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Devon County

Devonshire Rgt.

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War Memorials



From The Second Boer War

by John P. Wisser


(John Wisser was an American Captain who was Instructor in Tactics and Strategy to the United States Artillery School. His appraisal of the war up to that date was published in 1901.)


"On 21 October 1899 Dundee and Glencoe had to be abandoned and a position nearer Ladysmith taken up. General White decided to reopen communication with General French by attacking the Boers at Elandslaagte. General French was sent out by rail with the advance guard at 4.0 am but the main body under White did not arrive till 3.30 pm when the battle opened.


The British forces were about 3,400 strong, comprising

1st Battalion, the Devonshire Regiment

Half of the 2nd Battalion, the Gordon Highlanders

Half of the 2nd Battalion, the Manchester Regiment

The 5th Lancers

One squadron of the 5th Dragoons

The Natal Carabiniers

The Imperial Light Horse

2 Field Batteries

The Natal Field Battery"


A type of  hill known as a kopje in South Africa

A Kopje

(from a contemporary photograph)


"The Boers( the advance guard of Kock's column) occupied two kopjes, or heights, their principal camp being between these kopjes in the saddle between them, the artillery (2 guns) being entrenched on the lower of the two  heights.  They were about 1,400 strong. At about 4.0 pm, the British artillery opened from a position 4,400 yards from the Boers and prepared the attack for the infantry. This artillery preparation was deemed sufficient in about half and hour, and General French decided to make the infantry attack, the artillery moving up to its second position at 2,250 yards from the Boers, finally supporting the advance at 1,950 yards."


Map showing battle positions at Elandslaagte

Sketch map of the Battle of Elandslaagte


"The Devonshire Regiment attacked in front, advancing over perfectly open ground. Three companies were deployed in first line on a front of 380 to 500 yards, furnishing their own supports. The other four companies remained in reserve in single-file columns at 50 paces interval, the latter being increased when the Boer artillery opened on them.


When the regiment arrived at about 1,200 yards from the enemy's position, Major Park, commanding the first line, halted it and opened fire, the only protection for the men being low ant-hills. the advance was continued, and, after a few volleys executed at a halt, the line was reinforced by the supports, and again advanced. In spite of the hail of bullets, the line moved on without a break, unhesitatingly, to within 750 yards of the enemy, and there remained lying down for a full half-hour, exposed to artillery and infantry fire, awaiting the signal for the final assault. Their khaki uniforms and the approaching darkness probably saved them from destruction.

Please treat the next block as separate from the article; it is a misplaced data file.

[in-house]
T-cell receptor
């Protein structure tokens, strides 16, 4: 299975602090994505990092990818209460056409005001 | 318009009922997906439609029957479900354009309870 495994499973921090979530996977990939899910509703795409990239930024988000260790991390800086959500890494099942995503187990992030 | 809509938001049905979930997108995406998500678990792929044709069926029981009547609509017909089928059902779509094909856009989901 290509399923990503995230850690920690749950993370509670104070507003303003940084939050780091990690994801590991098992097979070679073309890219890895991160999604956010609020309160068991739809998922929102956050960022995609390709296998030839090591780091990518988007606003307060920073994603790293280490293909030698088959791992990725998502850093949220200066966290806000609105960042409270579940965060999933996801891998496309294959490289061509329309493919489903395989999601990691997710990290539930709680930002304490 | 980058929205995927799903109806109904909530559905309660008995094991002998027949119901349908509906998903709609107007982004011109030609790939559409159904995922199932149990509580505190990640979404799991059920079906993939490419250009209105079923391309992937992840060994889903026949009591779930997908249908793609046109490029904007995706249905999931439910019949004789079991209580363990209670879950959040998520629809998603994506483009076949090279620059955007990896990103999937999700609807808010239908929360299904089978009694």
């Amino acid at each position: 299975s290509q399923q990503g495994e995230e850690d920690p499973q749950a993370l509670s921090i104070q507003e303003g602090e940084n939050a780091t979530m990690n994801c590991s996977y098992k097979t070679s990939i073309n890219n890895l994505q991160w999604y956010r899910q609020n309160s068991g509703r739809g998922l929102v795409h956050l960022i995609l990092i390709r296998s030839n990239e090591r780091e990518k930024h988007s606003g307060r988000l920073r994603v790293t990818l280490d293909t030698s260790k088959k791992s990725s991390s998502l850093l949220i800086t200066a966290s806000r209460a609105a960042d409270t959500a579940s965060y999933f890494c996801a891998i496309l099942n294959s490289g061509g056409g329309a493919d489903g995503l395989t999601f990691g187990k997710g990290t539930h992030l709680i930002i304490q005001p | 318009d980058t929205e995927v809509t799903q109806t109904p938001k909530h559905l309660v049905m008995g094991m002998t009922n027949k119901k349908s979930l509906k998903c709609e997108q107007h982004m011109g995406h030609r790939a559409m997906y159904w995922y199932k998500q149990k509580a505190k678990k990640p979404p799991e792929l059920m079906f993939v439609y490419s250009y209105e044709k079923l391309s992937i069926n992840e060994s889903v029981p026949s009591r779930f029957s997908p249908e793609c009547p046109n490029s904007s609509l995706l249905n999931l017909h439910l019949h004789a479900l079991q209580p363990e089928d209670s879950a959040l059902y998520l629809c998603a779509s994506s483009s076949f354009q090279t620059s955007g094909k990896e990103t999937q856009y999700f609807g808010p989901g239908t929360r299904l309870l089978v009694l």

Meanwhile, a flank movement was executed by the Manchester Regiment, which, after passing the guns, was joined by a dismounted squadron of Imperial Light Horse, the Gordon Highlanders following in support. The movement was over the lowest of the chain of heights, turning the left flank of the Boers. On arriving at the foot of the hill a heavy storm broke forth, and when it was over, the Gordon Highlanders found themselves among the rocks covering the crest of the hill, and exposed to the enemy's fire. The supports then entered the line, filling up the interval between the columns. A small plateau was then crossed, next a depression between the hills, and finally a steep slope had to be scaled, but in spite of the difficulties and losses the line steadily advanced to within 600 yards of the enemy. the ground was entirely open as regards trees, but covered with stones and wire entanglements. The colonel, Dick Cunyngham, of the Highlanders, had been twice wounded, and h alf the officers were laid low, when Colonel Hamilton ordered a trumpeter to sound a charge, which was taken up by all the other trumpeters, and Drum-Major Lawrence jumped to the front and placed himself at the head of the line, playing the national air.


The entire line now advanced.


At 6.30pm the Boer's position was taken, two of their guns being captured. The 5th Lancers were sent in pursuit. The Boers lost 100 killed, 108 wounded and 188 prisoners, including General Kock and Colonel Schiel (commanding the German volunteers); the British lost 6 officers and 49 men killed, 29 officers and 178 wounded and 10 men missing "


Roll Call following the Battle of Elandslaagte
Roll Call on the day following the battle - 22 October 1899

From a contemporary sketch



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